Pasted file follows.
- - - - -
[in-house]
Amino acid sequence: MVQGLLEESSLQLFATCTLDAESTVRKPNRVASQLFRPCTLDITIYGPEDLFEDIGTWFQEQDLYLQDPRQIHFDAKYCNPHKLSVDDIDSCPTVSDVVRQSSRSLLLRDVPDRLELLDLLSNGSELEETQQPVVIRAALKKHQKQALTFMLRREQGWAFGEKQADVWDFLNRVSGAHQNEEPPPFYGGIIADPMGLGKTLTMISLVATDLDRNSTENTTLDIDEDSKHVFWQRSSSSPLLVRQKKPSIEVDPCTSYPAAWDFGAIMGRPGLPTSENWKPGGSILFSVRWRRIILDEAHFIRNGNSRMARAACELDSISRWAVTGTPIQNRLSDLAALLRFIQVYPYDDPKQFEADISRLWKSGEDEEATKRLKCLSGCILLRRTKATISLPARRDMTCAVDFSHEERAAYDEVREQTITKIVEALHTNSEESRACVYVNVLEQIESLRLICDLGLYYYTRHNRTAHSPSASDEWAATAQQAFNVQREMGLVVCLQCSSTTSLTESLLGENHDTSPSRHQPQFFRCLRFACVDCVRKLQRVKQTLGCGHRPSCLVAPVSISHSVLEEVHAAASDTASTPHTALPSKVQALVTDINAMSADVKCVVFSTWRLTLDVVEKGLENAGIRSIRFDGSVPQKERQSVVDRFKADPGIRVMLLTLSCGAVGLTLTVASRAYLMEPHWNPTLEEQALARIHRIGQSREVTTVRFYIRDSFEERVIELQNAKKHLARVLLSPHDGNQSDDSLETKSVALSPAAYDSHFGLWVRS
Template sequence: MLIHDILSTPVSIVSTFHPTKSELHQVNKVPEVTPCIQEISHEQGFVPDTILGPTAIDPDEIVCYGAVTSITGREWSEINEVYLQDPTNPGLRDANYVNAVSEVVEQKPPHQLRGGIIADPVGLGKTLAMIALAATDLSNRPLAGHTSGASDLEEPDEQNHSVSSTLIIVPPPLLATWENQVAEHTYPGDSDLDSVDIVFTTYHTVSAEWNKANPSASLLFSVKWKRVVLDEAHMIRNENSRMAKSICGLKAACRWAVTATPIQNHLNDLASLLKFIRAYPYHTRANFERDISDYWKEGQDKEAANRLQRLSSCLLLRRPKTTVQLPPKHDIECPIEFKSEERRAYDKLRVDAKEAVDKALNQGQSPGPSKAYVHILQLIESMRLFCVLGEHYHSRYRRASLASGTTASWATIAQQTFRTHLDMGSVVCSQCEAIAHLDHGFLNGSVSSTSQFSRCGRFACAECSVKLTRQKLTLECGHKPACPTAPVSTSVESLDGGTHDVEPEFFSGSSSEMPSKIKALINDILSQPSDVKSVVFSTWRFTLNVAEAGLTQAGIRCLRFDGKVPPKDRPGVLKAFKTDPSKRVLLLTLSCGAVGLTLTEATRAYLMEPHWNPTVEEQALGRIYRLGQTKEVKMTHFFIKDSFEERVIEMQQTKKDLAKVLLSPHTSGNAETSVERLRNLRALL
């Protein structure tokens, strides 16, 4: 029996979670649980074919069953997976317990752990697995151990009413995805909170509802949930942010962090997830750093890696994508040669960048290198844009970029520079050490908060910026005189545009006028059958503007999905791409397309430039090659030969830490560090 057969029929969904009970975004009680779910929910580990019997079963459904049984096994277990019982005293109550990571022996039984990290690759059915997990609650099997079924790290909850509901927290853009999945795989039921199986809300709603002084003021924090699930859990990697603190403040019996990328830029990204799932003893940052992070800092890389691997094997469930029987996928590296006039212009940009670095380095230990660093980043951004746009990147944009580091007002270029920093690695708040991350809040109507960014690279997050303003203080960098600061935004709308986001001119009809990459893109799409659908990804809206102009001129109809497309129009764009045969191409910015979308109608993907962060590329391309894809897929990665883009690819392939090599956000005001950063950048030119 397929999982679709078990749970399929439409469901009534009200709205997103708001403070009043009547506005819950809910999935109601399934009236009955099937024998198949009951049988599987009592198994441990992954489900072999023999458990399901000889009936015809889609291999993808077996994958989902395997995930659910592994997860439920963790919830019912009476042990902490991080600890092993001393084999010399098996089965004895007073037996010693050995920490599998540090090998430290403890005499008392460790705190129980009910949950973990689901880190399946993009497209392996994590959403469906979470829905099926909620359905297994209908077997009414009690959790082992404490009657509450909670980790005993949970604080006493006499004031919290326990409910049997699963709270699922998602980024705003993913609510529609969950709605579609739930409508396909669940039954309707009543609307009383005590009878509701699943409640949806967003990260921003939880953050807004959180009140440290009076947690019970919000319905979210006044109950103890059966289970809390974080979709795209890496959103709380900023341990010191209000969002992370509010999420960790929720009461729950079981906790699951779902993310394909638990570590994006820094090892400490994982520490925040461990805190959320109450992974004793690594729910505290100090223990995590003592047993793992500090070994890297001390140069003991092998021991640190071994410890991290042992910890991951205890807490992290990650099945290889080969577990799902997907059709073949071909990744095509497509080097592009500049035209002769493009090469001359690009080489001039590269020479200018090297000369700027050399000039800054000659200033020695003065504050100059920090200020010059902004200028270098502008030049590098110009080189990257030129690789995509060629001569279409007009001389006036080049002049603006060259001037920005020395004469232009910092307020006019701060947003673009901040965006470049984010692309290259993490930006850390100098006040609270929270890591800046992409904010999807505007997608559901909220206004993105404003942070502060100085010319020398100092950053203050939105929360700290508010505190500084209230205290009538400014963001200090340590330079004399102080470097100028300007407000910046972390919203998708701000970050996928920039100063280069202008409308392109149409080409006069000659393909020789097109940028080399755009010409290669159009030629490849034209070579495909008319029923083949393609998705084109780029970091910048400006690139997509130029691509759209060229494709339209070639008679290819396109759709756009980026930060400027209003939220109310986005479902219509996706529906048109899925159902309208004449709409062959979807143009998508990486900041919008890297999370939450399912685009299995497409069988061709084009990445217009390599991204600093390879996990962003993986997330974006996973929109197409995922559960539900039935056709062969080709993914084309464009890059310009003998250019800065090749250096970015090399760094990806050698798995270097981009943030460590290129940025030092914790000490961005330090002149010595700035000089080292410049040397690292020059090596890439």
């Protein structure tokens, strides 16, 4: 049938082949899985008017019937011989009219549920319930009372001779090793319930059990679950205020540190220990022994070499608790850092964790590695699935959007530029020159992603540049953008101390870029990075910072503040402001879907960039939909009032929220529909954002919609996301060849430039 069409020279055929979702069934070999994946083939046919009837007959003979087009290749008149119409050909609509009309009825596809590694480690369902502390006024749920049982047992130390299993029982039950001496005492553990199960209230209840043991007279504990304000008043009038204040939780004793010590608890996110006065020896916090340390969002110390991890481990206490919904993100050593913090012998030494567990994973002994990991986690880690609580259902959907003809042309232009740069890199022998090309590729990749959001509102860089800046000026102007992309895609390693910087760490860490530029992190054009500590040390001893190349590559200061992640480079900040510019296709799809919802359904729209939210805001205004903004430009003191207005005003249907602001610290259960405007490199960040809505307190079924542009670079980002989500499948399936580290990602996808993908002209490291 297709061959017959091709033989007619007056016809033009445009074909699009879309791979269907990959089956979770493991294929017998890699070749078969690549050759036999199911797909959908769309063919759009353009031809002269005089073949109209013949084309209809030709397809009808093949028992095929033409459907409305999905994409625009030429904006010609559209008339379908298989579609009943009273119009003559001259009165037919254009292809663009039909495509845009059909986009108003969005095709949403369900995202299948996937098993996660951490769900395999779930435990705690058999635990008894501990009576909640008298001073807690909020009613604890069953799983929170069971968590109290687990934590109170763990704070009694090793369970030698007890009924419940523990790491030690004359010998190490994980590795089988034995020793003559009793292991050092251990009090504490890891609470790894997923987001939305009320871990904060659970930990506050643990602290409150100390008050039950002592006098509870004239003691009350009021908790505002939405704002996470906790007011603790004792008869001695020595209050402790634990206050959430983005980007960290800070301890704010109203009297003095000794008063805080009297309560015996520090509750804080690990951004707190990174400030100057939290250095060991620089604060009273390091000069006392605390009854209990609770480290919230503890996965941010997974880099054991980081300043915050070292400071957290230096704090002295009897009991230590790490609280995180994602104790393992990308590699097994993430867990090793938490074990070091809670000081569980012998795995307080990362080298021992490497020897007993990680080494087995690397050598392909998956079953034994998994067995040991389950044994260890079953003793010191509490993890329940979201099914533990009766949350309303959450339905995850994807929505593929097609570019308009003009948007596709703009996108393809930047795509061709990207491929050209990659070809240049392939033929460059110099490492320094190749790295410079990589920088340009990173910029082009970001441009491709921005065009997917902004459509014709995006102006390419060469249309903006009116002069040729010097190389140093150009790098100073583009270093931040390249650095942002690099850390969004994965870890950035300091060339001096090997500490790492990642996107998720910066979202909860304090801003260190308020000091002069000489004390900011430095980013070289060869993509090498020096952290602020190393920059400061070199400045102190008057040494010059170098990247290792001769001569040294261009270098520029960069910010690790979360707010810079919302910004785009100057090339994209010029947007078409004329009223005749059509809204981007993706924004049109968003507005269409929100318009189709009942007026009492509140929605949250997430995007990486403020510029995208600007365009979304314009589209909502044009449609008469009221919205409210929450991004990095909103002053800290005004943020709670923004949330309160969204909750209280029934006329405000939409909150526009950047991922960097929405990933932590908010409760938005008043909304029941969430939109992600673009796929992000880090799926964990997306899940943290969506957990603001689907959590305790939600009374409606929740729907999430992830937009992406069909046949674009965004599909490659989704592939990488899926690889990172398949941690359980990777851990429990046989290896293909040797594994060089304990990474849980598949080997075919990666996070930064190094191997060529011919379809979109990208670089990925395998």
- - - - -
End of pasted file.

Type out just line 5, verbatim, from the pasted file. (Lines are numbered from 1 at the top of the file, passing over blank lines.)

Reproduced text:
């Protein structure tokens, strides 16, 4: 049938082949899985008017019937011989009219549920319930009372001779090793319930059990679950205020540190220990022994070499608790850092964790590695699935959007530029020159992603540049953008101390870029990075910072503040402001879907960039939909009032929220529909954002919609996301060849430039 069409020279055929979702069934070999994946083939046919009837007959003979087009290749008149119409050909609509009309009825596809590694480690369902502390006024749920049982047992130390299993029982039950001496005492553990199960209230209840043991007279504990304000008043009038204040939780004793010590608890996110006065020896916090340390969002110390991890481990206490919904993100050593913090012998030494567990994973002994990991986690880690609580259902959907003809042309232009740069890199022998090309590729990749959001509102860089800046000026102007992309895609390693910087760490860490530029992190054009500590040390001893190349590559200061992640480079900040510019296709799809919802359904729209939210805001205004903004430009003191207005005003249907602001610290259960405007490199960040809505307190079924542009670079980002989500499948399936580290990602996808993908002209490291 297709061959017959091709033989007619007056016809033009445009074909699009879309791979269907990959089956979770493991294929017998890699070749078969690549050759036999199911797909959908769309063919759009353009031809002269005089073949109209013949084309209809030709397809009808093949028992095929033409459907409305999905994409625009030429904006010609559209008339379908298989579609009943009273119009003559001259009165037919254009292809663009039909495509845009059909986009108003969005095709949403369900995202299948996937098993996660951490769900395999779930435990705690058999635990008894501990009576909640008298001073807690909020009613604890069953799983929170069971968590109290687990934590109170763990704070009694090793369970030698007890009924419940523990790491030690004359010998190490994980590795089988034995020793003559009793292991050092251990009090504490890891609470790894997923987001939305009320871990904060659970930990506050643990602290409150100390008050039950002592006098509870004239003691009350009021908790505002939405704002996470906790007011603790004792008869001695020595209050402790634990206050959430983005980007960290800070301890704010109203009297003095000794008063805080009297309560015996520090509750804080690990951004707190990174400030100057939290250095060991620089604060009273390091000069006392605390009854209990609770480290919230503890996965941010997974880099054991980081300043915050070292400071957290230096704090002295009897009991230590790490609280995180994602104790393992990308590699097994993430867990090793938490074990070091809670000081569980012998795995307080990362080298021992490497020897007993990680080494087995690397050598392909998956079953034994998994067995040991389950044994260890079953003793010191509490993890329940979201099914533990009766949350309303959450339905995850994807929505593929097609570019308009003009948007596709703009996108393809930047795509061709990207491929050209990659070809240049392939033929460059110099490492320094190749790295410079990589920088340009990173910029082009970001441009491709921005065009997917902004459509014709995006102006390419060469249309903006009116002069040729010097190389140093150009790098100073583009270093931040390249650095942002690099850390969004994965870890950035300091060339001096090997500490790492990642996107998720910066979202909860304090801003260190308020000091002069000489004390900011430095980013070289060869993509090498020096952290602020190393920059400061070199400045102190008057040494010059170098990247290792001769001569040294261009270098520029960069910010690790979360707010810079919302910004785009100057090339994209010029947007078409004329009223005749059509809204981007993706924004049109968003507005269409929100318009189709009942007026009492509140929605949250997430995007990486403020510029995208600007365009979304314009589209909502044009449609008469009221919205409210929450991004990095909103002053800290005004943020709670923004949330309160969204909750209280029934006329405000939409909150526009950047991922960097929405990933932590908010409760938005008043909304029941969430939109992600673009796929992000880090799926964990997306899940943290969506957990603001689907959590305790939600009374409606929740729907999430992830937009992406069909046949674009965004599909490659989704592939990488899926690889990172398949941690359980990777851990429990046989290896293909040797594994060089304990990474849980598949080997075919990666996070930064190094191997060529011919379809979109990208670089990925395998």